Lummi Science Students Get A Call From NASA!

“It started out as a joke. The students at Northwest Indian College on the Lummi Reservation near Bellingham were launching little rockets made from recycled water bottles as a way to do some hands-on science. Computer science teacher Gary Brandt says calling it a space center was just something one of the students came up with.” J. McNichols,

Christian Cultee, a student at the Northwest Indian College, with a rocket that broke the sound barrier. Photo- Joshua MCNichols.

Christian Cultee, a student at the Northwest Indian College, with a rocket that broke the sound barrier. Photo- Joshua MCNichols.

Excerpt: Why NASA Called The Northwest Indian College Space Center By Joshua McNichols- KUOW

“And he said, I called us the Northwest Indian College Space Center. And I said, OK, let’s do that. That’s kind of grandiose. Let’s really play it up. The joke was funny because this was just a tiny, two-year college, with no engineering program.

Getting into space was the last thing on the minds of these students; they were just trying to escape poverty. Next thing they knew, NASA was calling them up. It was beyond their wildest dreams. Christian Cultee, a student there, grew up nearby. My uncle runs a fish hatchery up here, Cultee said. My biggest fear here, my whole life, was just kind of being trapped here on the reservation. At Northwest Indian College, they stumbled into another passion – launching pressurized water-bottle rockets for fun.

Every time someone launched a rocket, students gathered to watch. They read online about more advanced rocketry programs in other schools, but those programs were really expensive. One day, teacher Gary Brandt broke down and bought three rocket kits anyway. Not long after their first real rocket launch, Brandt got a phone call – from NASA…NASA would give them $5,000 a year for three years. It was enough to get them to take themselves seriously. The students began entering competitions. Each year, NASA organized a different challenge.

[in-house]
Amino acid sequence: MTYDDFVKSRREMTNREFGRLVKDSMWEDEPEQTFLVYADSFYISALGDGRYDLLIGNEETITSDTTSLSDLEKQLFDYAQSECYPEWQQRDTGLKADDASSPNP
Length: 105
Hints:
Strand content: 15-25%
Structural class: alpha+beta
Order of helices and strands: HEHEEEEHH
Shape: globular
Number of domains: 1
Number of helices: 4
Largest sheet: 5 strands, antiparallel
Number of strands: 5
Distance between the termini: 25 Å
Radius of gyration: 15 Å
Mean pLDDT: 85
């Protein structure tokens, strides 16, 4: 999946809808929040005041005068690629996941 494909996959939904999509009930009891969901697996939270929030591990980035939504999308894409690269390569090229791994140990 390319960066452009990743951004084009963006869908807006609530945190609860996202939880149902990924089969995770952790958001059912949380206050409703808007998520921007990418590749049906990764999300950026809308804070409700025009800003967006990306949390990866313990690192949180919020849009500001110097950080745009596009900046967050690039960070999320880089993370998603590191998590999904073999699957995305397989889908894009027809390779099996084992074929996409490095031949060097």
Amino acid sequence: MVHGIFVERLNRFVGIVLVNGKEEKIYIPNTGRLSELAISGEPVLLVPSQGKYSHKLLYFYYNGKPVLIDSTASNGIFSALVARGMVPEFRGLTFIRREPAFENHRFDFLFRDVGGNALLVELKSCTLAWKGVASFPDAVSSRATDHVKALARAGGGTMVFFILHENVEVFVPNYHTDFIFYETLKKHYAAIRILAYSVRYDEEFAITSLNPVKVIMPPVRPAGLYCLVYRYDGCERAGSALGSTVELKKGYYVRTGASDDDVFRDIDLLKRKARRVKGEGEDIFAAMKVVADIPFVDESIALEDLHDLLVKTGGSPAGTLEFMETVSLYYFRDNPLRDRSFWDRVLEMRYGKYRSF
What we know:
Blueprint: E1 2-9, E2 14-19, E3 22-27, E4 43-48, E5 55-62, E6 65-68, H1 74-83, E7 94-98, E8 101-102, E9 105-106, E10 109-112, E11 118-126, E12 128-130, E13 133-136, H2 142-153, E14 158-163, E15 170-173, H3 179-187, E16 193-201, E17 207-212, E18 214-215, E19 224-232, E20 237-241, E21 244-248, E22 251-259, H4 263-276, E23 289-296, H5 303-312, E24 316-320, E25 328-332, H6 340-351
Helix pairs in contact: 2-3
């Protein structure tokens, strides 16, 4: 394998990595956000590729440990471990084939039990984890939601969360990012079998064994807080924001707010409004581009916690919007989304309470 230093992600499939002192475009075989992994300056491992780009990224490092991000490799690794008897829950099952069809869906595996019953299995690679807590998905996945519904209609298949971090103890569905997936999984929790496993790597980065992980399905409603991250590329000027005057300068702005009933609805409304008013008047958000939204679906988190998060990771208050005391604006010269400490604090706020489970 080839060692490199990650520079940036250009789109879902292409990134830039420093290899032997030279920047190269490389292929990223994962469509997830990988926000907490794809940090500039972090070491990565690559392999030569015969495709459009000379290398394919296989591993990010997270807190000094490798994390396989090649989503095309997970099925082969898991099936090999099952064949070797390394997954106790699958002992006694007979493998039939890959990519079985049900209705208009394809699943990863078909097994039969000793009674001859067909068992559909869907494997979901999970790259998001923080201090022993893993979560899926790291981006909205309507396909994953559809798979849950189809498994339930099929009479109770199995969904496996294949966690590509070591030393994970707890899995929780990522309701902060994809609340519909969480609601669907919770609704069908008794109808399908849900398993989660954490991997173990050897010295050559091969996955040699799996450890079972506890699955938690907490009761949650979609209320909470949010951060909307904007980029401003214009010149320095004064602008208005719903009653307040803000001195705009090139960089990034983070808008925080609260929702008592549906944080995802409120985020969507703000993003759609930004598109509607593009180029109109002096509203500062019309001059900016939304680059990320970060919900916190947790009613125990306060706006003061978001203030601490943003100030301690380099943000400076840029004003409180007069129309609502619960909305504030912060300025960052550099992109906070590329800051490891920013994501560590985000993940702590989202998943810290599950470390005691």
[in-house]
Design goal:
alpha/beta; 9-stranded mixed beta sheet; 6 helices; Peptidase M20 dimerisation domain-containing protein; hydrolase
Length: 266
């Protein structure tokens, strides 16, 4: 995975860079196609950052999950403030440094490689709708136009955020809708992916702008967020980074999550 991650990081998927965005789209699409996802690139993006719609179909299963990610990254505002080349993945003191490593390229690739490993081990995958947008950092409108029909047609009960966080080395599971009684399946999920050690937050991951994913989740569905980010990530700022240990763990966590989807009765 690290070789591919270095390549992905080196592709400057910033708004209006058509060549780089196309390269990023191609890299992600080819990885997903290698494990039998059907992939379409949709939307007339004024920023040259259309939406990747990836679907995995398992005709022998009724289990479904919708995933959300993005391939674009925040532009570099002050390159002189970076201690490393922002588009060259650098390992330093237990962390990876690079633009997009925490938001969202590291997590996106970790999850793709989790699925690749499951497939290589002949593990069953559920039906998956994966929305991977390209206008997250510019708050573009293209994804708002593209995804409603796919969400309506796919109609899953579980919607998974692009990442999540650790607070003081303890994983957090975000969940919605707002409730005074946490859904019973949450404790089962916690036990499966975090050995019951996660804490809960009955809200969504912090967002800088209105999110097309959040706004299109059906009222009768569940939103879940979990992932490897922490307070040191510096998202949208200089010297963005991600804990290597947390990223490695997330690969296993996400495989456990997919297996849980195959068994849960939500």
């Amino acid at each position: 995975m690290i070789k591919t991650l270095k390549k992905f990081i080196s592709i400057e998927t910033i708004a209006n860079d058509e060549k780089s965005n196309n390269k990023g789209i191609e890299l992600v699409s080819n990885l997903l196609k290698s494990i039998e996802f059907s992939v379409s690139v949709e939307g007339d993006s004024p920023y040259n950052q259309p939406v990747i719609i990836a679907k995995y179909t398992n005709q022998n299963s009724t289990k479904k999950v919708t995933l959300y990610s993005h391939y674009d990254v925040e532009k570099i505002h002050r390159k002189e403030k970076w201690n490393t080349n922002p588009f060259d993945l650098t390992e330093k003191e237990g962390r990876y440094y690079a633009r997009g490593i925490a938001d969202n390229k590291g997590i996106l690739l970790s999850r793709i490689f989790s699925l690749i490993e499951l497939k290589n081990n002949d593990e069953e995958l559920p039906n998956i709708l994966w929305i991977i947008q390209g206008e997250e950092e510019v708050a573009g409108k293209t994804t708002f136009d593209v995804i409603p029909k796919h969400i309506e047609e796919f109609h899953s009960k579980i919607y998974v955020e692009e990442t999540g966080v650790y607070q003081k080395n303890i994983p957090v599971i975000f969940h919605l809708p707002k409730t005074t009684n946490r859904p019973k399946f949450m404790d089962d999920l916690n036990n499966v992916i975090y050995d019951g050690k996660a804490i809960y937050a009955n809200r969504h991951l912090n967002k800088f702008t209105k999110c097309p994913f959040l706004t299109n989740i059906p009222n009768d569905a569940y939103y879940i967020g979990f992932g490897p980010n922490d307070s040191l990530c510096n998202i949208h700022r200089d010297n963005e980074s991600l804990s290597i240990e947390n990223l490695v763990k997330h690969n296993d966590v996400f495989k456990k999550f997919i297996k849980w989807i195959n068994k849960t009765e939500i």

That resourcefulness, borne out of poverty, has helped the Northwest Indian College Space Center outperform some schools with far greater resources. That gumption is what caught NASA’s attention. Now people are starting to take the space program at the Northwest Indian College seriously.”

“It’s just an amazing feeling for me to see the look of competence…The look of self-esteem. And when I see them talking with these big engineering graduate-level students from Vanderbilt and these things on an absolutely equal basis – you can see how it makes me feel.” Computer science teacher and space center leader ~Gary Brandt~

Category: Technology